Watching current events in the United States these past few weeks, I find myself thinking often of some of the most basic Social Psychology 101 lessons. Even though we’ve gotten much more sophisticated in our research, these foundational lessons describe some of the behavior among American people quite well. Understanding these dynamics, and more importantly, understanding how we can break through them, might be helpful for all of us as we try to move forward.
I know my own political preferences aren’t a secret, but I have no desire to turn this space into a political one. I’m going to try to describe the psychological principles that I’m seeing play out now without too overtly tagging one side or the other (and I do think both sides have room to grow and change). That said, I’m not willing to gloss over racism or hate crimes when I see them and so some of my language may reflect that.
In-group vs. Out-group Polarization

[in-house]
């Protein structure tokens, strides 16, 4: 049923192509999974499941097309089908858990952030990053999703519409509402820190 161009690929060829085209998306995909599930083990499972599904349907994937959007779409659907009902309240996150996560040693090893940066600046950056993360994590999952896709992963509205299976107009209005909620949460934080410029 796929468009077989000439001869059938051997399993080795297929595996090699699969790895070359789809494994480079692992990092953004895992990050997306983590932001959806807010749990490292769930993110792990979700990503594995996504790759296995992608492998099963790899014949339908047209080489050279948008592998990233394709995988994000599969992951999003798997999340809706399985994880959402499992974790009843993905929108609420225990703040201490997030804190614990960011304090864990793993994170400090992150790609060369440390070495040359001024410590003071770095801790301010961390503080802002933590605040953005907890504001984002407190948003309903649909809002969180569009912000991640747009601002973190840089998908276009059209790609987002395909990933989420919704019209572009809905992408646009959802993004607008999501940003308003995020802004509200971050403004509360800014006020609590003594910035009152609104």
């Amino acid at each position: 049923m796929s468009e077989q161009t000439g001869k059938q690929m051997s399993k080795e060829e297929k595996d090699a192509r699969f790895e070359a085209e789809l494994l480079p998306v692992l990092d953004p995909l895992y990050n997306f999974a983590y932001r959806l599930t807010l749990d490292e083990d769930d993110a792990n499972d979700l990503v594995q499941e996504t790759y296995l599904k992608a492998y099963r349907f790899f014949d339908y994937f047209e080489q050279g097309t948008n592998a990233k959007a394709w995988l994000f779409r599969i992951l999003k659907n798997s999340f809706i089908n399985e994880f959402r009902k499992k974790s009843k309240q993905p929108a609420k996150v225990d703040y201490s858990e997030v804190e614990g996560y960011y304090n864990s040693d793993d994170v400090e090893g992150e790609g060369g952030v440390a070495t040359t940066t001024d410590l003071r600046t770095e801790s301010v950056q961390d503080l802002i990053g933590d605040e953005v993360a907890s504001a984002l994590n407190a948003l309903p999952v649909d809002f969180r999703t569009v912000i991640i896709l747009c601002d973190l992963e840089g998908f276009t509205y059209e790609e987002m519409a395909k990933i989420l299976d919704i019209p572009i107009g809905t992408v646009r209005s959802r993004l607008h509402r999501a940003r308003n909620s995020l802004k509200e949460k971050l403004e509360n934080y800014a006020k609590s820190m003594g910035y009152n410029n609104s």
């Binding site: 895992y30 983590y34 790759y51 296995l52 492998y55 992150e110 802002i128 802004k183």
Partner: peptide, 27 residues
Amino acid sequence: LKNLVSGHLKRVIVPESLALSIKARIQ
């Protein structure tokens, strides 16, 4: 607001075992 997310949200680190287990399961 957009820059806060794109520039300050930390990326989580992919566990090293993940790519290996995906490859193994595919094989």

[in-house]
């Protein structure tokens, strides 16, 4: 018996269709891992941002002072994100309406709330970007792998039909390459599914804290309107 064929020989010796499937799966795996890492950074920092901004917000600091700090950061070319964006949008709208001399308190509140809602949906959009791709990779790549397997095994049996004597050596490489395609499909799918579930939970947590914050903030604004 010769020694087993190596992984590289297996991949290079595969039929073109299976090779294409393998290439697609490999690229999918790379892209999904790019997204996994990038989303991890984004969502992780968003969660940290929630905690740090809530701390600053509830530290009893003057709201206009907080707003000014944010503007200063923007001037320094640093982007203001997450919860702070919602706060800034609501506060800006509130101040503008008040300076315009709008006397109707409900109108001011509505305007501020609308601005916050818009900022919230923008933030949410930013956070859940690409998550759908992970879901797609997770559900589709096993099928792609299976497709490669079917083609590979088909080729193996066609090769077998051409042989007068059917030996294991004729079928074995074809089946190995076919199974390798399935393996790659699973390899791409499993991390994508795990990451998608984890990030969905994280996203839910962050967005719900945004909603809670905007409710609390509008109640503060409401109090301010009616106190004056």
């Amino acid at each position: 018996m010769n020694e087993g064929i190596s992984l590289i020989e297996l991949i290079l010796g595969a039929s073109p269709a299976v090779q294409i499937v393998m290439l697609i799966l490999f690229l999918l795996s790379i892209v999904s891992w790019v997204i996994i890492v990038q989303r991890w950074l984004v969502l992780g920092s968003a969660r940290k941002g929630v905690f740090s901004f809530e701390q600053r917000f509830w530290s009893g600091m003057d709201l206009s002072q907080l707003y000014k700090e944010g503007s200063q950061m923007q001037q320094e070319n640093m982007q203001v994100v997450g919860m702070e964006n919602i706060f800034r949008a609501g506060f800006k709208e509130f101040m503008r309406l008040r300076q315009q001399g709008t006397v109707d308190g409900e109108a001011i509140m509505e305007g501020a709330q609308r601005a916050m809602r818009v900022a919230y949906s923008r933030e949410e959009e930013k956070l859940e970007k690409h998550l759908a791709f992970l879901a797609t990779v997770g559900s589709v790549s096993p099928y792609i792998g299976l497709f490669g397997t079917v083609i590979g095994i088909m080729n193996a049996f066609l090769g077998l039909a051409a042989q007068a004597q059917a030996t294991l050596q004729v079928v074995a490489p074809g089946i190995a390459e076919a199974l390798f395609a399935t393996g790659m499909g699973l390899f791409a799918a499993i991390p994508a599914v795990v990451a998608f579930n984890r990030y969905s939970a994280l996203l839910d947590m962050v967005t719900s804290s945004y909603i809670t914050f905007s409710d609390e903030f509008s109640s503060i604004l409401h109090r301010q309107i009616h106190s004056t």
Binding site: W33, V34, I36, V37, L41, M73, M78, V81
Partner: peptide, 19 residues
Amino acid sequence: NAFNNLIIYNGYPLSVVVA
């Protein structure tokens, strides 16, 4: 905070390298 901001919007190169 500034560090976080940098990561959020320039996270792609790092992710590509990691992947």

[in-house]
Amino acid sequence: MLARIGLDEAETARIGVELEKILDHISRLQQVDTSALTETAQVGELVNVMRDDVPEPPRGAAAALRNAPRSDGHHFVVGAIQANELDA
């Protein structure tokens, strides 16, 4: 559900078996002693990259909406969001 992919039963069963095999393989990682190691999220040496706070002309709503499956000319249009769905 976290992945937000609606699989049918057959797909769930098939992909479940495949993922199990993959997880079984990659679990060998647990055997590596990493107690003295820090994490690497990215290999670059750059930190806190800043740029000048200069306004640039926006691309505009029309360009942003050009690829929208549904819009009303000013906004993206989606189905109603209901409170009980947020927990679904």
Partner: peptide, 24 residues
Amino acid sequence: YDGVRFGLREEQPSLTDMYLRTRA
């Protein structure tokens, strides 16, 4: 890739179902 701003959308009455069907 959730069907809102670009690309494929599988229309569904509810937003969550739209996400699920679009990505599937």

What it is: In the 1950s, a psychologist was studying the behavior of boys in a summer camp (Robbers Cave). The boys were broken randomly into two teams, the Eagles and the Rattlers, with whom they competed in sports and other camp activities. As days went by, competition between the two groups grew fiercer and each group developed strong in-group preferences and negative out-group attitudes. We like the people who are part of our group, and we dislike the people who are not.
These sorts of in-group preferences don’t need a week away at camp to form. Research has found they can be triggered by silly groupings like “Klee or Kandinsky preferences.” As politics has taught us all time and again, they can also be formed as a result of political affiliations and candidate preferences. We tend to think of those like us positively, and demonize those who aren’t.